Bernstein Group for Computational Neuroscience
Home > Projects > Ongoing dynamics of neocortex: modelling amplitude and phase modulations in cortical networks

Ongoing dynamics of neocortex: modelling amplitude and phase modulations in cortical networks 
(Herrmann (leader), Hinrichs, Ohl)

Scientific background and state-of-the-art

In recent years a major goal in neuroscience has been to better understand the neuronal dynamics in cortical networks. A key issue in this topic is how input into cortical networks is processed. It is currently hotly debated how amplitude and phase of ongoing cortical neural activity are generated and modulated by input. Input into a cortical area can in general come from either the periphery (bottomup) or from "higher" cortical areas ("top-down"). The detailed mechanisms for the generation of neocortical oscillations are currently under debate. For example, some models for the generation of gamma oscillations propose an interaction of glutamatergic pyramidal cells with GABAergic interneurons (e.g. Whittington et al. 1995; Haider et al. 2006) while other models emphasize the relevance of thalamocortical loops (e.g. Llinás et al. 2002). The current project aims at resolving this issue. A further presently unresolved issue is how event-related potentials are generated. A debate exists whether the event-related potential is predominantly accounted for by phase-reset of ongoing activity
(e.g. Brandt & Jansen 1991; Makeig et al. 2002; Klimesch et al. 2004) or a stimulus-induced increase in EEG activity (e.g. Schroeder et al. 1995). In order to resolve both issues two approaches have been suggested. The first one is to perform intracranial recordings in animals which allow selective pharmacological (and other) manipulations of the cortical network (Barth & MacDonald 1996). A second approach is the explicit modelling of the amplitude and phase organization of cortical activity by biologically plausible neural networks (Destexhe et al. 1999; Izhikevich 2003). In addition, the combination of both approaches allows investigation of the relationship between microscopic (spike train) and macroscopic levels (LFP, EEG). In the present project we will use both approaches and additionally include intracranial recordings in humans.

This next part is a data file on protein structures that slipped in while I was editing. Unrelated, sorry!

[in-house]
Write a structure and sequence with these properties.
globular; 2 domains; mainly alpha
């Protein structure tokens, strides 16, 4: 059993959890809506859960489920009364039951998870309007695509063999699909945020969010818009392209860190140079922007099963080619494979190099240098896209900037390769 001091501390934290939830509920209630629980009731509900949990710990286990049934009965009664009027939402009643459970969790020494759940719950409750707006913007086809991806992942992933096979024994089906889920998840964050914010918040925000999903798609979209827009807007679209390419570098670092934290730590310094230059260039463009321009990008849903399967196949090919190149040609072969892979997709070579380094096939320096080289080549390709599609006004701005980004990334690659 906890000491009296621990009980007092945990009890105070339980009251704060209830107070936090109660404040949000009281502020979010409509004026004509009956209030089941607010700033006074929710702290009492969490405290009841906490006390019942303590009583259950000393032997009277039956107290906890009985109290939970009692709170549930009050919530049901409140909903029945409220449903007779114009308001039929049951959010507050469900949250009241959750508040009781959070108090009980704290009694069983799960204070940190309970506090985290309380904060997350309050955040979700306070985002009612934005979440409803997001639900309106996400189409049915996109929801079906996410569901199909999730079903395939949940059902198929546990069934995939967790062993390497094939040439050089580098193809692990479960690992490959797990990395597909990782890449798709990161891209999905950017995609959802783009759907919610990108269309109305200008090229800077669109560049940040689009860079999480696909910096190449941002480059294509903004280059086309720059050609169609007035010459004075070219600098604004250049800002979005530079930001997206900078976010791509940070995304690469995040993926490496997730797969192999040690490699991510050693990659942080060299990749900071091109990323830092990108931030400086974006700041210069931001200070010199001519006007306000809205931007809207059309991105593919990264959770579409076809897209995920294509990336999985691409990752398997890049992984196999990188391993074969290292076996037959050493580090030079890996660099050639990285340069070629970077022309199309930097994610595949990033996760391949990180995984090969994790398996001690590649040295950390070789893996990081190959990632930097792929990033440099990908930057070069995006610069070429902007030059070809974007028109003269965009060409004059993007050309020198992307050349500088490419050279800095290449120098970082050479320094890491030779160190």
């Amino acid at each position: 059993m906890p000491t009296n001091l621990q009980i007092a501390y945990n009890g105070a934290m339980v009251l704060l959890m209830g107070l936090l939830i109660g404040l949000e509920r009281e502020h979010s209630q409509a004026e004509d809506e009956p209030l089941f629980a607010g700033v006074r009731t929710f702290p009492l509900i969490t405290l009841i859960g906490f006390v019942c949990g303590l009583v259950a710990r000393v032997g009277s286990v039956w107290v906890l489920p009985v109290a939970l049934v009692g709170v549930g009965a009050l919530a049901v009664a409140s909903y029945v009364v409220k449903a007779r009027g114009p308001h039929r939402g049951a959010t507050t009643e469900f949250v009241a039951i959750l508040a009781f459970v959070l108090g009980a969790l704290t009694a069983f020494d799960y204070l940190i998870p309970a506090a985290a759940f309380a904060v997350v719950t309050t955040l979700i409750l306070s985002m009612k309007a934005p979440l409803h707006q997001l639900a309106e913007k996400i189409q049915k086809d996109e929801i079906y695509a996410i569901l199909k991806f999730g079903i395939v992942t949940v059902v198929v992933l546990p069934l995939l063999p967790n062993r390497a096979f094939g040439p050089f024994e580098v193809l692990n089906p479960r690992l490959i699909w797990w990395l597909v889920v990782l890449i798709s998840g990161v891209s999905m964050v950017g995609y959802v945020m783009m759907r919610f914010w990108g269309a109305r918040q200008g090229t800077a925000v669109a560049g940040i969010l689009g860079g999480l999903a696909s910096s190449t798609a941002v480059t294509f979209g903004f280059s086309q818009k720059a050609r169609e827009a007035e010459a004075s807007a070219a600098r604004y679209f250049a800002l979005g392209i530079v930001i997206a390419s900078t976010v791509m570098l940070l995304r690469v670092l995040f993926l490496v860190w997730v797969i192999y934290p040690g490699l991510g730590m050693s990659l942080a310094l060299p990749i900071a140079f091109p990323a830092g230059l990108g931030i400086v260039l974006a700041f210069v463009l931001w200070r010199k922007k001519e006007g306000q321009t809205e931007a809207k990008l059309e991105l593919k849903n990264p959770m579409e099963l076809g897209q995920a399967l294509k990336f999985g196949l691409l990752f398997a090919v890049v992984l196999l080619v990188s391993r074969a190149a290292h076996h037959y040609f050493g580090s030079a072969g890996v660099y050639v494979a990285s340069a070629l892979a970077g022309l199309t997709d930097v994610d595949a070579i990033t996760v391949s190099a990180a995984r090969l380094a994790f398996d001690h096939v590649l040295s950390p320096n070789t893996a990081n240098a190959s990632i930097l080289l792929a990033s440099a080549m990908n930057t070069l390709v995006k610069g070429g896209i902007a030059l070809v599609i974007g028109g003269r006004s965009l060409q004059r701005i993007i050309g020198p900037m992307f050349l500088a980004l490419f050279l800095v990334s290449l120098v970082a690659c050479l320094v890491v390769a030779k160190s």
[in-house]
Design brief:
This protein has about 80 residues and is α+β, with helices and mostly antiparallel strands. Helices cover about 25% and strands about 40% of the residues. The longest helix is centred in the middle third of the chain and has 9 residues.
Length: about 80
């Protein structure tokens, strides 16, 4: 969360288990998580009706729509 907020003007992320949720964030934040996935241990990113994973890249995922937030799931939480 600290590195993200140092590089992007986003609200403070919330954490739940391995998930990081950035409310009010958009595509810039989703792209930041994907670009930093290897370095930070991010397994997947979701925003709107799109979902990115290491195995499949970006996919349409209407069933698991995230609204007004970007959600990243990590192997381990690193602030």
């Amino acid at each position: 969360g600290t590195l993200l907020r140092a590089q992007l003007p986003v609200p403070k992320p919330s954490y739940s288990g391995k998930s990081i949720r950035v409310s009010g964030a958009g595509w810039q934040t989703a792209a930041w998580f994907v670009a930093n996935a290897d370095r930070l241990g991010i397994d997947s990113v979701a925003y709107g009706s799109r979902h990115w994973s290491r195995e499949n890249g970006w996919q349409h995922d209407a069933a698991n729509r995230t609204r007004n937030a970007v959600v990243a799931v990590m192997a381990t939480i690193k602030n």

References:

Barth DS, MacDonald KD (1996) Thalamic modulation of high-frequency oscillating potentials in auditory cortex. Nature
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Brandt ME , Jansen BH (1991) The relationship between prestimulus-alpha amplitude and visual evoked potential amplitude. Int J Neurosci 6: 261-268.

Destexhe A, Contreras D, Steriade M. (1999) Cortically-induced coherence of a thalamic-generated oscillation. Neuroscience
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Haider B, Duque A, Hasenstaub AR, McCormick DA (2006) Neocortical network activity in vivo is generated through a dynamic balance of excitation and inhibition. J Neurosci 26: 4535-4545.

Izhikevich EM (2003) Simple model of spiking neurons. IEEE Trans Neural Networks 14: 1569-1572.

Klimesch W, Schack B, Schabus M, Doppelmayr M, Gruber W, Sauseng P (2004) Phase-locked alpha and theta oscillations
generate the P1 N1 complex and are related tomemory performance. Cog Brain Res 19: 302-316.

Llinás RR, Leznik E, Urbano FJ (2002) Temporal binding via cortical coincidence detection of specific and non-specific thalamocortical inputs: A voltage-dependent dye-imaging study in mouse brain slices. Proc Natl Acad Sci 99: 449
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Makeig S, Westerfield M, Jung TP, Enghoff S, Townsend J, Courchesne E, Sejnowski TJ (2002) Dynamic brain sources of visual evoked potentials. Science 295: 690-694.

Schroeder CE, Steinschneider M, Javitt DC, Tenke CE, Givre SJ, Mehta AD, Simpson GV, Arezzo JC, Vaughan HG (1995) Localization of ERP generators and identification of underlying neural processes. Electroencephalogr Clin Neurophysiol Suppl 44: 55-75.

Whittington MA, Traub RD, Jefferys JG (1995) Synchronized oscillations in interneuron networks driven by metabotropic glutamate receptor activation. Nature 373: 612-615.

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